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Tuberculin Skin Test Reaction and Body Mass Index in Old Age Home Residents in Hong Kong

Authors

  • Moira Chan-Yeung MB,

    1. From the Divisions of *Respiratory MedicineGeriatrics, Department of Medicine, University of Hong Kong, Hong Kong, ChinaDepartment of Medicine and Therapeutics, Prince of Wales Hospital, Hong Kong, China§Tuberculosis Reference Laboratory, Public Health Laboratory Centre, Hong Kong, ChinaTuberculosis and Chest Service, Public Health Services Branch, Centre for Health Protection, Department of Health, Hong Kong, China
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  • David L. K. Dai MBBS,

    1. From the Divisions of *Respiratory MedicineGeriatrics, Department of Medicine, University of Hong Kong, Hong Kong, ChinaDepartment of Medicine and Therapeutics, Prince of Wales Hospital, Hong Kong, China§Tuberculosis Reference Laboratory, Public Health Laboratory Centre, Hong Kong, ChinaTuberculosis and Chest Service, Public Health Services Branch, Centre for Health Protection, Department of Health, Hong Kong, China
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  • Amy H. K. Cheung MSc,

    1. From the Divisions of *Respiratory MedicineGeriatrics, Department of Medicine, University of Hong Kong, Hong Kong, ChinaDepartment of Medicine and Therapeutics, Prince of Wales Hospital, Hong Kong, China§Tuberculosis Reference Laboratory, Public Health Laboratory Centre, Hong Kong, ChinaTuberculosis and Chest Service, Public Health Services Branch, Centre for Health Protection, Department of Health, Hong Kong, China
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  • Felix H. W. Chan MBBCh, MSc,

    1. From the Divisions of *Respiratory MedicineGeriatrics, Department of Medicine, University of Hong Kong, Hong Kong, ChinaDepartment of Medicine and Therapeutics, Prince of Wales Hospital, Hong Kong, China§Tuberculosis Reference Laboratory, Public Health Laboratory Centre, Hong Kong, ChinaTuberculosis and Chest Service, Public Health Services Branch, Centre for Health Protection, Department of Health, Hong Kong, China
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  • Kai-Man Kam MB,

    1. From the Divisions of *Respiratory MedicineGeriatrics, Department of Medicine, University of Hong Kong, Hong Kong, ChinaDepartment of Medicine and Therapeutics, Prince of Wales Hospital, Hong Kong, China§Tuberculosis Reference Laboratory, Public Health Laboratory Centre, Hong Kong, ChinaTuberculosis and Chest Service, Public Health Services Branch, Centre for Health Protection, Department of Health, Hong Kong, China
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  • Cheuk-Ming Tam MB,

    1. From the Divisions of *Respiratory MedicineGeriatrics, Department of Medicine, University of Hong Kong, Hong Kong, ChinaDepartment of Medicine and Therapeutics, Prince of Wales Hospital, Hong Kong, China§Tuberculosis Reference Laboratory, Public Health Laboratory Centre, Hong Kong, ChinaTuberculosis and Chest Service, Public Health Services Branch, Centre for Health Protection, Department of Health, Hong Kong, China
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  • Chi-Chiu Leung MB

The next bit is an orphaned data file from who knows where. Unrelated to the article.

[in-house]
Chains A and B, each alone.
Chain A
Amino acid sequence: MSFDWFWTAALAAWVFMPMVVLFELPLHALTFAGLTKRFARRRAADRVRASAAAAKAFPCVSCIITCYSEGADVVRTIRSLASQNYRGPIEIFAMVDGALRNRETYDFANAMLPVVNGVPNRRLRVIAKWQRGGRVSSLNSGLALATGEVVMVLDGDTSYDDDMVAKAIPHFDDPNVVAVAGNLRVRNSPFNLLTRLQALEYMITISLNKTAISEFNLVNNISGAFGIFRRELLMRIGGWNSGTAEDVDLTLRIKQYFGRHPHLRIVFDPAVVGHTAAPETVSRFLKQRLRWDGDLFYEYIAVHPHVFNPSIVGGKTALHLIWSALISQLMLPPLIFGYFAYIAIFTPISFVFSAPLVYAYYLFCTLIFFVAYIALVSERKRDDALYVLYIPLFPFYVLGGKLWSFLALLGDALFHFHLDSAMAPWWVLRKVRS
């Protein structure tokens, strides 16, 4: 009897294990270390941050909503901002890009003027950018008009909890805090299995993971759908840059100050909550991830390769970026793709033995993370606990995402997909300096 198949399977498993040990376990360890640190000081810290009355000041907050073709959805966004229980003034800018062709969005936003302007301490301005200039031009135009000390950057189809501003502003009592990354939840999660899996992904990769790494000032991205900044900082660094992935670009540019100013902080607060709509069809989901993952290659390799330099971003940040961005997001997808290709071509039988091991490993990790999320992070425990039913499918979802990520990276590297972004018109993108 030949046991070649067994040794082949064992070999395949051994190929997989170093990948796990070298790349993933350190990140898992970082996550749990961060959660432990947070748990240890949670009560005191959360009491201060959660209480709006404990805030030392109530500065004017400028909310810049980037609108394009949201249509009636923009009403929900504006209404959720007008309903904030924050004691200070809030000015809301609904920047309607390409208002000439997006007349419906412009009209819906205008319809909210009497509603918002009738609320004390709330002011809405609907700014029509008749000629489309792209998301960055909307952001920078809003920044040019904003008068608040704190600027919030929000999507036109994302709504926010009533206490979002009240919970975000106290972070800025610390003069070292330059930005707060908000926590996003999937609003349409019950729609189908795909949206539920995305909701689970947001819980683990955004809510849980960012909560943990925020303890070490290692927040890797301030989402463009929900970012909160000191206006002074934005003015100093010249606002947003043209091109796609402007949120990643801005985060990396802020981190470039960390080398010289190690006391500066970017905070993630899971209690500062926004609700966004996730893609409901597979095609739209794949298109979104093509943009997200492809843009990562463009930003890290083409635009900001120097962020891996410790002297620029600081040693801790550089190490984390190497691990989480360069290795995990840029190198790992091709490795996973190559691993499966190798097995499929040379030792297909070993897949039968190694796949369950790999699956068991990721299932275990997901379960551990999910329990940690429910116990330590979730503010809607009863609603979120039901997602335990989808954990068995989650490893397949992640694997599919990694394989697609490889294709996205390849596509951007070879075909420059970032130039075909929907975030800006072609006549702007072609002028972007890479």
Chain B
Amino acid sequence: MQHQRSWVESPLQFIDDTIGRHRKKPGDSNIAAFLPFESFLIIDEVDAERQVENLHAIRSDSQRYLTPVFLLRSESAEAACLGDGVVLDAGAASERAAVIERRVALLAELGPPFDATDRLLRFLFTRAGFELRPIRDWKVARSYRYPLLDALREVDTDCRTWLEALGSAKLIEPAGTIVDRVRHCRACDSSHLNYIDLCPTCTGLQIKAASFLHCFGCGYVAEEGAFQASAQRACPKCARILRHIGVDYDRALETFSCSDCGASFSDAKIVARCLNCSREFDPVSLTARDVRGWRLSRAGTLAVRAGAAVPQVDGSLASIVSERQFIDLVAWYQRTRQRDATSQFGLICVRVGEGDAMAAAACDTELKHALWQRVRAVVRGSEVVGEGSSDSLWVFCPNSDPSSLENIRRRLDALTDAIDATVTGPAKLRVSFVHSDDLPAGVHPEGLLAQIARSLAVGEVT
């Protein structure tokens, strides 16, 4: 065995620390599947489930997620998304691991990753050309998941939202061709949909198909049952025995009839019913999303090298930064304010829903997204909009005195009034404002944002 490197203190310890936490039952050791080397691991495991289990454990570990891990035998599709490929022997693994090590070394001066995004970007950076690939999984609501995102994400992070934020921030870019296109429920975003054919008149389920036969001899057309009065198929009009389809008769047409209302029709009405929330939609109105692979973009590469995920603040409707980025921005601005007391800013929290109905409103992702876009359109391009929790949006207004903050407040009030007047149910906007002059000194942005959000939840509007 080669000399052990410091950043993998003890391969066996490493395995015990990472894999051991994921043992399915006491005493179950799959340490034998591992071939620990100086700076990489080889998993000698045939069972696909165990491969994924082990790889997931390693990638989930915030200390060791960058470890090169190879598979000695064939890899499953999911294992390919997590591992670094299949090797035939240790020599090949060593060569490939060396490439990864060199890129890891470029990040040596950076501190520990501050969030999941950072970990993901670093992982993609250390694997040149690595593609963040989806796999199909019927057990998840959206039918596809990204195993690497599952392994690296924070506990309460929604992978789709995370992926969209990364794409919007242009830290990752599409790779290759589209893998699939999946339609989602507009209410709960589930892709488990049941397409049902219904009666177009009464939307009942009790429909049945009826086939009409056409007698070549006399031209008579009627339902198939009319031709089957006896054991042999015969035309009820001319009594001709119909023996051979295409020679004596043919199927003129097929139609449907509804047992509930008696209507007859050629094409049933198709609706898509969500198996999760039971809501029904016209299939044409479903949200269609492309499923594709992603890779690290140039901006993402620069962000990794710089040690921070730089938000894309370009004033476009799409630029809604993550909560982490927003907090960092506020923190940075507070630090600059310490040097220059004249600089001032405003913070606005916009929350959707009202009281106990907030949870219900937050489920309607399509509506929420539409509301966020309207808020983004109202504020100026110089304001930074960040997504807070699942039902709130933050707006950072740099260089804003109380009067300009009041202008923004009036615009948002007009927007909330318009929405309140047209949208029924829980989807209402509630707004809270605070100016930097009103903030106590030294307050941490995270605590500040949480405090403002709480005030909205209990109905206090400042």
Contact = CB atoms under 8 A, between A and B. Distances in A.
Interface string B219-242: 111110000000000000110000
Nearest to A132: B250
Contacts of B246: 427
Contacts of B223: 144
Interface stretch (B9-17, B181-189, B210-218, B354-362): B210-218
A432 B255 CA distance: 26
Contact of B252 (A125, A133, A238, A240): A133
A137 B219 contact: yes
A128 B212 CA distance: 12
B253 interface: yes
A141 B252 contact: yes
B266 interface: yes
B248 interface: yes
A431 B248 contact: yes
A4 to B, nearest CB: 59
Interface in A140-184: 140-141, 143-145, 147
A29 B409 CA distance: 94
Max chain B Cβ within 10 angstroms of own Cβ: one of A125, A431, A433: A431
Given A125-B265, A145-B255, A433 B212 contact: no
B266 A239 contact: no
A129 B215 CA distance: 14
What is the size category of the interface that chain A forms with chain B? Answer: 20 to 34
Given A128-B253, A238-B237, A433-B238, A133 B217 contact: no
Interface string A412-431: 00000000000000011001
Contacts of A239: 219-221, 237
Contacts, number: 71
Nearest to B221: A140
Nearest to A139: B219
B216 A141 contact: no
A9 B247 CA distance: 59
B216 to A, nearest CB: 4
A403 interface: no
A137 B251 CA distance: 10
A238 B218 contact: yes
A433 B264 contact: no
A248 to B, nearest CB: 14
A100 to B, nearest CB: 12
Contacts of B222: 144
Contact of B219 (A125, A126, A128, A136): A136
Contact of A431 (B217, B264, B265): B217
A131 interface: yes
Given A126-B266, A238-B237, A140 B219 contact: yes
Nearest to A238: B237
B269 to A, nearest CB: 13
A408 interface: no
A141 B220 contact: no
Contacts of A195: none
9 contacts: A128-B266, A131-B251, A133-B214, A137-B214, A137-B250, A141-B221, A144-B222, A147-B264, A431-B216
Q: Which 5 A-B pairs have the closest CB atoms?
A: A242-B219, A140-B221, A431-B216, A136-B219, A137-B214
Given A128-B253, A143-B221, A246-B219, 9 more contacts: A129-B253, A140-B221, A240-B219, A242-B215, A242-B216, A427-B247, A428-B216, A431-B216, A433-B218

1. From the Divisions of *Respiratory MedicineGeriatrics, Department of Medicine, University of Hong Kong, Hong Kong, ChinaDepartment of Medicine and Therapeutics, Prince of Wales Hospital, Hong Kong, China§Tuberculosis Reference Laboratory, Public Health Laboratory Centre, Hong Kong, ChinaTuberculosis and Chest Service, Public Health Services Branch, Centre for Health Protection, Department of Health, Hong Kong, China
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Address correspondence to Prof. Moira Chan-Yeung, Department of Medicine, 4/F, Professorial Block, Queen Mary Hospital, Hong Kong SAR, China. E-mail: mmwchan@hkucc.hku.hk

Abstract

OBJECTIVES: To study the relationship between body mass index (BMI) and tuberculin skin test (TST) reaction in predicting the development of active tuberculosis (TB).

DESIGN: A follow-up study.

SETTING: Old age homes.

PARTICIPANTS: Three thousand six hundred five residents who took part in a screening program for TB and had two-step TST using two units of the tuberculin PPD-RT23.

MEASUREMENTS: Rate of development of active TB in these residents over an average follow-up period of 2.5±1.25 years.

RESULTS: After one-step and two-step testing, 46.3% and 69.6% of residents, respectively, had positive TST reactions (≥10 mm). Thirty-four residents developed active TB (323 per 100,000 person-years) during follow-up. The only significant risk factors associated with development of active TB were positive TST according to one-step testing (adjusted odds ratio (OR)=2.91, 95% confidence interval (CI)=1.26–6.74) and a BMI less than 18.5 (adjusted OR=3.15, 95% CI=1.45–6.86). Residents with a BMI less than 18.5 and a negative TST also had greater risk of active TB than residents with a BMI greater than 18.5 and negative TST (adjusted OR=4.36, 95% CI=1.04–18.3), whereas those with a positive TST had the highest risk (adjusted OR=10.2, 95% CI=2.63–39.4). Two-step testing increased the sensitivity but reduced the specificity of TST in identifying active TB on follow-up.

CONCLUSION: In the elderly population, interpretation of TST should take into consideration the BMI of the individual. A positive TST according to one-step but not two-step testing was useful in predicting the development of active TB on follow-up.

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